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Birds of the Shoreline

A rich variety of bird life is found in the area due mainly to the diverse habitats associated with the Ottawa River. The young deciduous woodlands on several of the small islands and along the shore are home to numerous open forest birds such as Baltimore orioles, warbling vireos and brown thrashers. The beautiful orange, black and white Baltimore oriole builds a nest that hangs from drooping branches of an elm or poplar tree. Year after year dozens of cliff swallows stick their gourd-shaped mud nests to the underside walls of the Long Sault Interprovincial Bridge. This is the renowned swallow that every March 19 heralds spring in San Juan, Capistrano. The ring-billed gulls – our most common gull – and the rarer great black-backed gulls often rest on large rocks jutting out of the river or on the manicured lawns of Confederation Park. The great black-backed gull is the largest of its species in North America. In the calm waters of the small bays families of mallard ducklings find shelter among the cattails.

Lumber and Power

In 1796 Nathaniel Treadwell purchased the Seigneurie of Longueil. In 1803 he sold some of this land plus two islands to fellow American Thomas Mears who operated Canada’s first paper mill at St-André d’Argenteuil. Along with Dr. David Pattee and a certain Mr. Shuter, Mears built a sawmill between the two islands and operated it using power from a hydroelectric dam which was built across the ‘Chenail écarté’ [remote Chenail].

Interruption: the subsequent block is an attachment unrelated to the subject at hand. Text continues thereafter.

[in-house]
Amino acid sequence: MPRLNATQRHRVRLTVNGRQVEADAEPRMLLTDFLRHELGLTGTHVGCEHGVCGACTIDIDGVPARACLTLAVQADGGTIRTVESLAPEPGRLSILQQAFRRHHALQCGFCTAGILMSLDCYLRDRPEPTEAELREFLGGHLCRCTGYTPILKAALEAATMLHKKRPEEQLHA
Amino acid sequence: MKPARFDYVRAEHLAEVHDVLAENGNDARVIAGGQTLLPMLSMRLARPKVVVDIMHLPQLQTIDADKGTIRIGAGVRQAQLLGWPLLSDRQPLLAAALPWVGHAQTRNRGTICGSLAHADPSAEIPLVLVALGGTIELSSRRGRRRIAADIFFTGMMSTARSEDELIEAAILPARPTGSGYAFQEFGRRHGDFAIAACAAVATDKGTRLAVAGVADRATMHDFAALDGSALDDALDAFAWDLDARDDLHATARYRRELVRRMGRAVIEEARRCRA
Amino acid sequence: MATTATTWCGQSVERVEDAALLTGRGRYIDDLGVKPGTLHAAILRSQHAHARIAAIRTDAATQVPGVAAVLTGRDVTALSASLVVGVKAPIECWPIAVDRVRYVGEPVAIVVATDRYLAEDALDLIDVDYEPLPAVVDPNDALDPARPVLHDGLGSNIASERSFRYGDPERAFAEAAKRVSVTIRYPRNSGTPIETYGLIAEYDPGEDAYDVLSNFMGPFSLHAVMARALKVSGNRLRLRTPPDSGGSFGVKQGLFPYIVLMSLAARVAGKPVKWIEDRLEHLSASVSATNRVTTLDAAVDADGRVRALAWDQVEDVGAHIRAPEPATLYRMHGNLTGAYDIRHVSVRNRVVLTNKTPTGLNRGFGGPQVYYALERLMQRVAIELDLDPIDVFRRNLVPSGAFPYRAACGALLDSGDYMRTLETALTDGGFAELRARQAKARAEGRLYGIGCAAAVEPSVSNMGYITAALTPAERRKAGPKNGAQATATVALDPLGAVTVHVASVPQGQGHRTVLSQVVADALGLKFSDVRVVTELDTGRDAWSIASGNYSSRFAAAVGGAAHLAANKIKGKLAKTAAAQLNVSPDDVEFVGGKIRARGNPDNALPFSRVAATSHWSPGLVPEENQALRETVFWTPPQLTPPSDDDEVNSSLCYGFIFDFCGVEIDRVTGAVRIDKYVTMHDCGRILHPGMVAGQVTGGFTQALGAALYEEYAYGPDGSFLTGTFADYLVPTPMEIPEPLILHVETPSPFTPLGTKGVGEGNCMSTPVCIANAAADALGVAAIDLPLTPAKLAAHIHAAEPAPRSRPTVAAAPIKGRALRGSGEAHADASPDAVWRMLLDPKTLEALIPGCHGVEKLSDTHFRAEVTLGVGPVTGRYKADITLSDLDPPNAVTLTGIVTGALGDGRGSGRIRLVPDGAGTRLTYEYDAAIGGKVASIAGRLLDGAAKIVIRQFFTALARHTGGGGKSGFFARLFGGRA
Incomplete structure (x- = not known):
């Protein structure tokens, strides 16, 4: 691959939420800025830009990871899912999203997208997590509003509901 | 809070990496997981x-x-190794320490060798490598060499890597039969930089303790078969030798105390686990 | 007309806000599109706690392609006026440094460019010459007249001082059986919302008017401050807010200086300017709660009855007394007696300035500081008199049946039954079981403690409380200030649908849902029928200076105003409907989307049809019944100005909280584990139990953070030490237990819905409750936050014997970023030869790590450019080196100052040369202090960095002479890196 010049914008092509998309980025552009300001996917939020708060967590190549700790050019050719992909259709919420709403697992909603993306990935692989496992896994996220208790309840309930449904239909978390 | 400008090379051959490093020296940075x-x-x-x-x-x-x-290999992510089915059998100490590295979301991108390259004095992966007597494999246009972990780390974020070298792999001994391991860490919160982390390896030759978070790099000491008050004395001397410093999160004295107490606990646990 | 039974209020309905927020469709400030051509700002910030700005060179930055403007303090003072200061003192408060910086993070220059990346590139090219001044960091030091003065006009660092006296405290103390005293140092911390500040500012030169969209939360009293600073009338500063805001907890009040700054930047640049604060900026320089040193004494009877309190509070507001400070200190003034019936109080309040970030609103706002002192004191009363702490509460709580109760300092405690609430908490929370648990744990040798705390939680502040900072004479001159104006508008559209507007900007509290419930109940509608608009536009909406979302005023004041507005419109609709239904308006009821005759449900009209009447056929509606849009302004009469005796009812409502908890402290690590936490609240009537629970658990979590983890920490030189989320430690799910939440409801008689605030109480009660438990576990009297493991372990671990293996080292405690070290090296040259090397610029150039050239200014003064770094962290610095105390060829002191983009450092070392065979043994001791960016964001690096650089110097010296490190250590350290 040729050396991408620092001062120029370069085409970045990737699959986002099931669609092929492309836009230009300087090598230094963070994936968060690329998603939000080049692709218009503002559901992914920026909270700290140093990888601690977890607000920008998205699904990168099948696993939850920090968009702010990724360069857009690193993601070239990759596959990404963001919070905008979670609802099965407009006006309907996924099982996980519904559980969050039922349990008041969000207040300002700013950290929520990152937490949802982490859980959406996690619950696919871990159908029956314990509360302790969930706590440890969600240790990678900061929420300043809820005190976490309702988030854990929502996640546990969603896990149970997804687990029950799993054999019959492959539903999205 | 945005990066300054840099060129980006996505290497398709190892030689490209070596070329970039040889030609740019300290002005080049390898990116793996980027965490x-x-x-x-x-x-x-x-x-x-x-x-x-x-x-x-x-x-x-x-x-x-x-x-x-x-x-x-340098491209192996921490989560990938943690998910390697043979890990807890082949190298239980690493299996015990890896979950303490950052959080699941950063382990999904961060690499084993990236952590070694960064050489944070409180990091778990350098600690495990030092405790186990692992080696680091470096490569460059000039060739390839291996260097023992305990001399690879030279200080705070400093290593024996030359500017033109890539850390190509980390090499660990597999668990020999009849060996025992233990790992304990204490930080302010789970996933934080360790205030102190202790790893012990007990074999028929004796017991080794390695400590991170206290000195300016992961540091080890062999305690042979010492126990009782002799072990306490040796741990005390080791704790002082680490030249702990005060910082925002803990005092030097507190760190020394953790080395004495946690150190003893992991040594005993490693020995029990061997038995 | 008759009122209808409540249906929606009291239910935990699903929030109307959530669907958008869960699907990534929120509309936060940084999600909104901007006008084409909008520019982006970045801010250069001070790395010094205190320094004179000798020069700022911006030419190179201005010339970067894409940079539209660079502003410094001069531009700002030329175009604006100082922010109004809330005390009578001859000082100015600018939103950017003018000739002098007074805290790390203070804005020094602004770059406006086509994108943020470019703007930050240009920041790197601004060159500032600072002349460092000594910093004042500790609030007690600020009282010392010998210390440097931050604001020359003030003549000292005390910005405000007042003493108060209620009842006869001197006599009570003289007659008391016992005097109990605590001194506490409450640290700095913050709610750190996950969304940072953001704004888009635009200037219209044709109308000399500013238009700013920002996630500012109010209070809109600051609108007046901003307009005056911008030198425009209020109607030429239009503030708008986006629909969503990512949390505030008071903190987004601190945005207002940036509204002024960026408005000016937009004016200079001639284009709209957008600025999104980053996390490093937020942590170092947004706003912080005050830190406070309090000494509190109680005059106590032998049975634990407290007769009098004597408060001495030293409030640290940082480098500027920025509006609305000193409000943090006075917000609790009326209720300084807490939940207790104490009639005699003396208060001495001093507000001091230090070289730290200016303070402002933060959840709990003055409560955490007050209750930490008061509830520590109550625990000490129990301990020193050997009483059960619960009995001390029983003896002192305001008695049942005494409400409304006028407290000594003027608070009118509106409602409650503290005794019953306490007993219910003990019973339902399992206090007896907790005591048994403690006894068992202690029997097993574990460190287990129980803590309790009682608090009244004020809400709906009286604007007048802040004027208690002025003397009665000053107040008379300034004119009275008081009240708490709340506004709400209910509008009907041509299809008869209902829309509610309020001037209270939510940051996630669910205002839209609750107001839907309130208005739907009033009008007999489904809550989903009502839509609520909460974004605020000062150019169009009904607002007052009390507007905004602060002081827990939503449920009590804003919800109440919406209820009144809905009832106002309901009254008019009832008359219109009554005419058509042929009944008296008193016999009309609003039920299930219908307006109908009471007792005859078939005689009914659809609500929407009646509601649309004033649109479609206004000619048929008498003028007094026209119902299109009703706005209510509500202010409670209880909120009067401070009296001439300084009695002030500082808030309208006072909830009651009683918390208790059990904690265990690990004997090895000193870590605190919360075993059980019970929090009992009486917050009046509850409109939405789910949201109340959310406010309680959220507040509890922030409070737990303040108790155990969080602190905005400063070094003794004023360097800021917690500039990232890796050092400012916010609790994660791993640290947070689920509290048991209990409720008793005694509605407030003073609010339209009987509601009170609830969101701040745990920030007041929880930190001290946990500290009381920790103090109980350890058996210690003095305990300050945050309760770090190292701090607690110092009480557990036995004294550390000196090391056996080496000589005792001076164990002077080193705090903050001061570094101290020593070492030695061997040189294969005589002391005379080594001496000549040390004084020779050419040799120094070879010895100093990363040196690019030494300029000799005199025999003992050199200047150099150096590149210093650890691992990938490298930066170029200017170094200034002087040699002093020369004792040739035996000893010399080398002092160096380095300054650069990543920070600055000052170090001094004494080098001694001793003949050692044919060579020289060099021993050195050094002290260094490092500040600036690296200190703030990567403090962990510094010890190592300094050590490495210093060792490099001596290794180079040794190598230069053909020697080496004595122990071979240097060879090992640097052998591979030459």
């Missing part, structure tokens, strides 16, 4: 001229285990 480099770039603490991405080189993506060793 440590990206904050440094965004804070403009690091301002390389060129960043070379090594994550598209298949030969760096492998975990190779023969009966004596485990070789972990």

George Hamilton, an Irishman from Lower Canada, purchased Mears’s business in 1808. According to Canada’s first official census in 1871, Hamilton’s Hawkesbury Mills were the largest in the country. More than 1000 employees produced as much as 70 000 board feet of lumber per day. Red and white pine from the forests of la Rouge, Gatineau and Mattawa was shipped to Liverpool. In 1888 the death of the last surviving member of the Hamilton family marked the decline of the lumber industry in the region.
Between 1959 and 1964, Hydro expropriated 14 streets, 80 houses and several other buildings at the Chenail in order to build the Carillon Dam. The Maison de l’Ile and Confederation Park are the only remaining vestiges of the community’s industrious past. In 1995 the Maison de l’Ile was designated a historic and architectural heritage site.